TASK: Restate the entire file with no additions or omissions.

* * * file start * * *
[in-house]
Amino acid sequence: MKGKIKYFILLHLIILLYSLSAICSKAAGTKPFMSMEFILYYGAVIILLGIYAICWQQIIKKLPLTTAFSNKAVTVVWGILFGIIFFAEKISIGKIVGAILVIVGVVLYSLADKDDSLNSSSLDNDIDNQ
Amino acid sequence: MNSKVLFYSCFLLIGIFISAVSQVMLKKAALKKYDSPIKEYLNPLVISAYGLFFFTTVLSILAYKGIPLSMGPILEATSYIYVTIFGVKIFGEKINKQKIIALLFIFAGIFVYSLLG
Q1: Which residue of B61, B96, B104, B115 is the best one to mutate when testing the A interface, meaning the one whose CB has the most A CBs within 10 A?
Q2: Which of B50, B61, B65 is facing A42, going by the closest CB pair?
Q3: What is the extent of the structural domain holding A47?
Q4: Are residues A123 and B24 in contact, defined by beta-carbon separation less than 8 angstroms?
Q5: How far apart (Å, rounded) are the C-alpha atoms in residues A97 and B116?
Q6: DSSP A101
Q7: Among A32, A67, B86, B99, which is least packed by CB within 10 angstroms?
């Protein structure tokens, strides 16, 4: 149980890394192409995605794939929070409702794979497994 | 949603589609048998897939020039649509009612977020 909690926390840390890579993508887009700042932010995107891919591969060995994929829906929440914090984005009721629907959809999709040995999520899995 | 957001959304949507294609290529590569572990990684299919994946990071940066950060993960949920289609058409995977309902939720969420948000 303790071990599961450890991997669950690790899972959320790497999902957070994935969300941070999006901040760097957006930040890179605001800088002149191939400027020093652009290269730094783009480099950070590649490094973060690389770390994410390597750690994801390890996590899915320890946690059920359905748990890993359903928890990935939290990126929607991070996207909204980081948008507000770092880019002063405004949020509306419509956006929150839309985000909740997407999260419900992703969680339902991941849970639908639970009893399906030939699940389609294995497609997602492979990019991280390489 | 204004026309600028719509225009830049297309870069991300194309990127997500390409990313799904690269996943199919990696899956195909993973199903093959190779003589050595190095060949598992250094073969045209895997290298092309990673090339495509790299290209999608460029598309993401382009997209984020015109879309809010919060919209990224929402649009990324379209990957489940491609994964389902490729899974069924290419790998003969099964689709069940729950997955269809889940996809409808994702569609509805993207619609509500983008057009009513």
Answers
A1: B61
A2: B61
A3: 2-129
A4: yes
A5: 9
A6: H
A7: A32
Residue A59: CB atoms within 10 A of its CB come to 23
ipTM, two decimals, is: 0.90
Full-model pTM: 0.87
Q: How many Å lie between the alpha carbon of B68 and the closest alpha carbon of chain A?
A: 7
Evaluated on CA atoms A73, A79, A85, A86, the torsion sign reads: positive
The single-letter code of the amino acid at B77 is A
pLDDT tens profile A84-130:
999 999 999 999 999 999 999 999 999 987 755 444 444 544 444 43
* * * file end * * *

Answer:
[in-house]
Amino acid sequence: MKGKIKYFILLHLIILLYSLSAICSKAAGTKPFMSMEFILYYGAVIILLGIYAICWQQIIKKLPLTTAFSNKAVTVVWGILFGIIFFAEKISIGKIVGAILVIVGVVLYSLADKDDSLNSSSLDNDIDNQ
Amino acid sequence: MNSKVLFYSCFLLIGIFISAVSQVMLKKAALKKYDSPIKEYLNPLVISAYGLFFFTTVLSILAYKGIPLSMGPILEATSYIYVTIFGVKIFGEKINKQKIIALLFIFAGIFVYSLLG
Q1: Which residue of B61, B96, B104, B115 is the best one to mutate when testing the A interface, meaning the one whose CB has the most A CBs within 10 A?
Q2: Which of B50, B61, B65 is facing A42, going by the closest CB pair?
Q3: What is the extent of the structural domain holding A47?
Q4: Are residues A123 and B24 in contact, defined by beta-carbon separation less than 8 angstroms?
Q5: How far apart (Å, rounded) are the C-alpha atoms in residues A97 and B116?
Q6: DSSP A101
Q7: Among A32, A67, B86, B99, which is least packed by CB within 10 angstroms?
């Protein structure tokens, strides 16, 4: 149980890394192409995605794939929070409702794979497994 | 949603589609048998897939020039649509009612977020 909690926390840390890579993508887009700042932010995107891919591969060995994929829906929440914090984005009721629907959809999709040995999520899995 | 957001959304949507294609290529590569572990990684299919994946990071940066950060993960949920289609058409995977309902939720969420948000 303790071990599961450890991997669950690790899972959320790497999902957070994935969300941070999006901040760097957006930040890179605001800088002149191939400027020093652009290269730094783009480099950070590649490094973060690389770390994410390597750690994801390890996590899915320890946690059920359905748990890993359903928890990935939290990126929607991070996207909204980081948008507000770092880019002063405004949020509306419509956006929150839309985000909740997407999260419900992703969680339902991941849970639908639970009893399906030939699940389609294995497609997602492979990019991280390489 | 204004026309600028719509225009830049297309870069991300194309990127997500390409990313799904690269996943199919990696899956195909993973199903093959190779003589050595190095060949598992250094073969045209895997290298092309990673090339495509790299290209999608460029598309993401382009997209984020015109879309809010919060919209990224929402649009990324379209990957489940491609994964389902490729899974069924290419790998003969099964689709069940729950997955269809889940996809409808994702569609509805993207619609509500983008057009009513």
Answers
A1: B61
A2: B61
A3: 2-129
A4: yes
A5: 9
A6: H
A7: A32
Residue A59: CB atoms within 10 A of its CB come to 23
ipTM, two decimals, is: 0.90
Full-model pTM: 0.87
Q: How many Å lie between the alpha carbon of B68 and the closest alpha carbon of chain A?
A: 7
Evaluated on CA atoms A73, A79, A85, A86, the torsion sign reads: positive
The single-letter code of the amino acid at B77 is A
pLDDT tens profile A84-130:
999 999 999 999 999 999 999 999 999 987 755 444 444 544 444 43